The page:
I think there is a lot of activity going on, there's some good programs starting to develop in terms of understanding the entrepreneurial process and building tech businesses.
And what about the individuals?
I think the likes of Andrew Larson, Marcus Tan, those sort of guys are doing a really good job. I think Andy Lamb and Brodie those guys are doing very very good at developing the environment. And then there's people building businesses. I'm involved in in-house, Andrew Larson and Markus Tan, Health Engines. And some of the other ones from Engineered.
Do you see opportunities for greater collaboration between all the people and organisations facilitating the growth of the ecosystem?
I do think there is a chance of greater collaboration and I think a greater collaboration between stages. I believe you provide an environment, then you provide the process and the framework by which people can grow businesses. In the last Ignition program, one of the things that really was the biggest benefit to those ventures there was the technological framework on how to build a business. Once you actually gave those very smart people a framework on how to do that, they were rocketing. Most of them start off with out a framework.
In your role in the WA Angel network, what do you want to change to make your deal flow options better?
I think the out coming would be in terms of the quality of deal flow that is being brought through. I think we are getting better at the entrepreneurial process in terms of understanding what's required of framework that you can actually develop. That is slowly getting better to actually make those deals investment ready. A lot of that process of manage, still doesn't quiet make them business ready. They make sort of a slow branch out of that. That I think would would increase the quality of the field, that actually do come to Angel Investment Networks, and grow through us.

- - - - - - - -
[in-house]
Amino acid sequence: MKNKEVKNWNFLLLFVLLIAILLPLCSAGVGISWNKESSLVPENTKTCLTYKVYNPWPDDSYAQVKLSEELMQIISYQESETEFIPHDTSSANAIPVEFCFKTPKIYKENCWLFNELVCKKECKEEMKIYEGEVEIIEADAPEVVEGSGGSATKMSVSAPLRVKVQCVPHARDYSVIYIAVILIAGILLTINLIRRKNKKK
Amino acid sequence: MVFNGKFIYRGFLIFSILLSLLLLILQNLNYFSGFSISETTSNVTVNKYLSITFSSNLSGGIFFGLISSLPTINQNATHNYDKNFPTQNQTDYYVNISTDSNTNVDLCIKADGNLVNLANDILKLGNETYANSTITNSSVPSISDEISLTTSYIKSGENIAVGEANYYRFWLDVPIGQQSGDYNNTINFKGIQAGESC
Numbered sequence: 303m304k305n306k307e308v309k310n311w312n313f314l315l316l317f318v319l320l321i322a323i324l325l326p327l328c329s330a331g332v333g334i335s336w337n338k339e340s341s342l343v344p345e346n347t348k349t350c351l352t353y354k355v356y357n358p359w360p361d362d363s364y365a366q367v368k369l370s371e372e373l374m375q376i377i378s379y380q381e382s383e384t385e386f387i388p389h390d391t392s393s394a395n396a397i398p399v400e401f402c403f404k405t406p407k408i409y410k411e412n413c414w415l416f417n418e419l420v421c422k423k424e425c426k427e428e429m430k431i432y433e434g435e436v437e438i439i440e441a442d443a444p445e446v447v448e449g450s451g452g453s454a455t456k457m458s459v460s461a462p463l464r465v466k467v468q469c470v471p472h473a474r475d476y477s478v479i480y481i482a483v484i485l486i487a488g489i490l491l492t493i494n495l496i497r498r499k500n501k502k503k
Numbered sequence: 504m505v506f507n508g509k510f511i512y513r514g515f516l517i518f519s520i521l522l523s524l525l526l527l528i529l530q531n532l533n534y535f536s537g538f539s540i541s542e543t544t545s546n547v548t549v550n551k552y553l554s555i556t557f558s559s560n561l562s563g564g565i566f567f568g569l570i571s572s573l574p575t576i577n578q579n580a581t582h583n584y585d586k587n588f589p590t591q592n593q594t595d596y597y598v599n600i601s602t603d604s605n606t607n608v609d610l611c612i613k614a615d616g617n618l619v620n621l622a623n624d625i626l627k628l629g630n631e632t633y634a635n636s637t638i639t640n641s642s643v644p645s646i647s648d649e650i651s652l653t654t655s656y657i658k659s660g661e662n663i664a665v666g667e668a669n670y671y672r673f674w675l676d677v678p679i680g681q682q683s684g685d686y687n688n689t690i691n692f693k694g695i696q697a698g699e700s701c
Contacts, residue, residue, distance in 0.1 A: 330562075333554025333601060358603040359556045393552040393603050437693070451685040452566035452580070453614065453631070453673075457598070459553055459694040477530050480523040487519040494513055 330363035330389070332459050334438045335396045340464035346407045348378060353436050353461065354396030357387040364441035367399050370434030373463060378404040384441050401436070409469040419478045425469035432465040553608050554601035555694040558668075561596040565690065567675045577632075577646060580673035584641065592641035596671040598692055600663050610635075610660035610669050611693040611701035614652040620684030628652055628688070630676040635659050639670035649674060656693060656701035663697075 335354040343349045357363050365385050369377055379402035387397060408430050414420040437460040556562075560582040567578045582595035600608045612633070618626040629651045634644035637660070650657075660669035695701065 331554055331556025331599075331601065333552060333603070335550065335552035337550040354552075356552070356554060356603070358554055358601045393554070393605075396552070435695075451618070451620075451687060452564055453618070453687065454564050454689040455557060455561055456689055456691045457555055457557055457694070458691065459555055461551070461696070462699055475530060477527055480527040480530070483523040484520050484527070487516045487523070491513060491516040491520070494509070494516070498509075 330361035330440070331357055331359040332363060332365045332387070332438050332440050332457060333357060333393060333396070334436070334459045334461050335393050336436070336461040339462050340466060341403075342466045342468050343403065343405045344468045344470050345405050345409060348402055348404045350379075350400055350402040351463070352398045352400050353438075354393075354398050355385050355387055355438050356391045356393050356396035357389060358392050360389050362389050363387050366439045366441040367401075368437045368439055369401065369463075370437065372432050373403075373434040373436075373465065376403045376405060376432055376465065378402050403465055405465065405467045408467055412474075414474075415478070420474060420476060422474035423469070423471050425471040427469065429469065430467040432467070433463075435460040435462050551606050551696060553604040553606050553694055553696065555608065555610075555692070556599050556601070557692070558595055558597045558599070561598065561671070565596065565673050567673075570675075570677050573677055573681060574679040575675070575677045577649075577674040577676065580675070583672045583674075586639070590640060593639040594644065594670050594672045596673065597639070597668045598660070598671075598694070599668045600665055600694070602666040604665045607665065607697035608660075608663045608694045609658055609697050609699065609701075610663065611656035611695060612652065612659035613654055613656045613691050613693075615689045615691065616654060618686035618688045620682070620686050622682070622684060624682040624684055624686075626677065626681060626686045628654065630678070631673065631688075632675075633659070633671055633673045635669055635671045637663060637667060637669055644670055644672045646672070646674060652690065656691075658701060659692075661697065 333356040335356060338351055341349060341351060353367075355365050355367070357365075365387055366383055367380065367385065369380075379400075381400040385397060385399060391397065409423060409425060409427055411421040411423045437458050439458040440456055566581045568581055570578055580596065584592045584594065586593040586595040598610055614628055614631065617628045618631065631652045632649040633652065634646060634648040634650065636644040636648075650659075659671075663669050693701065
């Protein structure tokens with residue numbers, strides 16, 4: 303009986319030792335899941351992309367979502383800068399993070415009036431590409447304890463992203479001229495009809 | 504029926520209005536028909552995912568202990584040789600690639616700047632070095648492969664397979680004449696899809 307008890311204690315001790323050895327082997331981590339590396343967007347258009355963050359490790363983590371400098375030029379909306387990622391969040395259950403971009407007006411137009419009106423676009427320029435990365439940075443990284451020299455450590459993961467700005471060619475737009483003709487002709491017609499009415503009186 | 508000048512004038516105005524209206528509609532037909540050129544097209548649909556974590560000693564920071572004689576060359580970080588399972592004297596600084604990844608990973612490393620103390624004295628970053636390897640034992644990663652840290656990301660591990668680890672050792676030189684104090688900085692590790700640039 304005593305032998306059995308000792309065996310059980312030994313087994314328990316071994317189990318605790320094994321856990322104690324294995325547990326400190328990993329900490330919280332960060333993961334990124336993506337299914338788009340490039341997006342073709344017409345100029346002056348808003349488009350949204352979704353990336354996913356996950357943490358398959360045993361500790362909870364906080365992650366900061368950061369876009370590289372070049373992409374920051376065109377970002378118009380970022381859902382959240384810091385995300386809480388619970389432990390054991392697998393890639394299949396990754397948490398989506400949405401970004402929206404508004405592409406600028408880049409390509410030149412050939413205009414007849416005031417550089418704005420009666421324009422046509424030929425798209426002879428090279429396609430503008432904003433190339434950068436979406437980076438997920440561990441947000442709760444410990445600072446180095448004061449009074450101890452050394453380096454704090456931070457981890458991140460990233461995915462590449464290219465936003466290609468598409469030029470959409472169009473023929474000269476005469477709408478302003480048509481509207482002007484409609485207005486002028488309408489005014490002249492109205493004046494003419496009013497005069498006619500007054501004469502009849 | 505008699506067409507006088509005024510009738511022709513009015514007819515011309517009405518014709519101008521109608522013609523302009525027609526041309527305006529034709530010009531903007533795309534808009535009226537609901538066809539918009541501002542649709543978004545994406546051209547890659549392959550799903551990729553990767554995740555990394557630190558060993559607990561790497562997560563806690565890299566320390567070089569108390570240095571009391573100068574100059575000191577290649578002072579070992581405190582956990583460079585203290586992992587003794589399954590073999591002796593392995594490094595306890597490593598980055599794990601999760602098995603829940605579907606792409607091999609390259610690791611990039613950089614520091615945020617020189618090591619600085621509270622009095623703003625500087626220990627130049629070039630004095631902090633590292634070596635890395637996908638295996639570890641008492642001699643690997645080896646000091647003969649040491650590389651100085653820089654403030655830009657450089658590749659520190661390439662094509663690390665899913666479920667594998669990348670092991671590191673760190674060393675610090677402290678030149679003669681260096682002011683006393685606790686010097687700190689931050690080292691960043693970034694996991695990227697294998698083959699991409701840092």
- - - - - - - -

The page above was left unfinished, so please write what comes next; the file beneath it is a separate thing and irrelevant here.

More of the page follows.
The other part to the growing net availability of capitol to fuel that better quality deal flow. I think there's a bit of education in terms of, how do you actually engage at those early stages? There's a lot of good people that have got a lot of high net worth, that just support their investments in a different way. They haven't missed ... Well let's face it there is a lot of us at the moment buying a lot of tech stock for this, while still buying through out the others. It's not that their no tech, it's just that that's how they know how to buy.
I think that issue .. I think we would intellectually probably to actually do more through a private entry, rather than a public entry into those early stages.
I think it's an education issue on helping investors on how to do it. And certainly providing an environment which is more in similarity of what happens in the UK in terms of the EIS System and so on. This marvelous sort of results have occurred there by providing that environment for people to want to participate at that risk, at that level.
Do you think the other cities in Australia, your Sydney, Melbourne, Brisbane, play a big role in the WA community?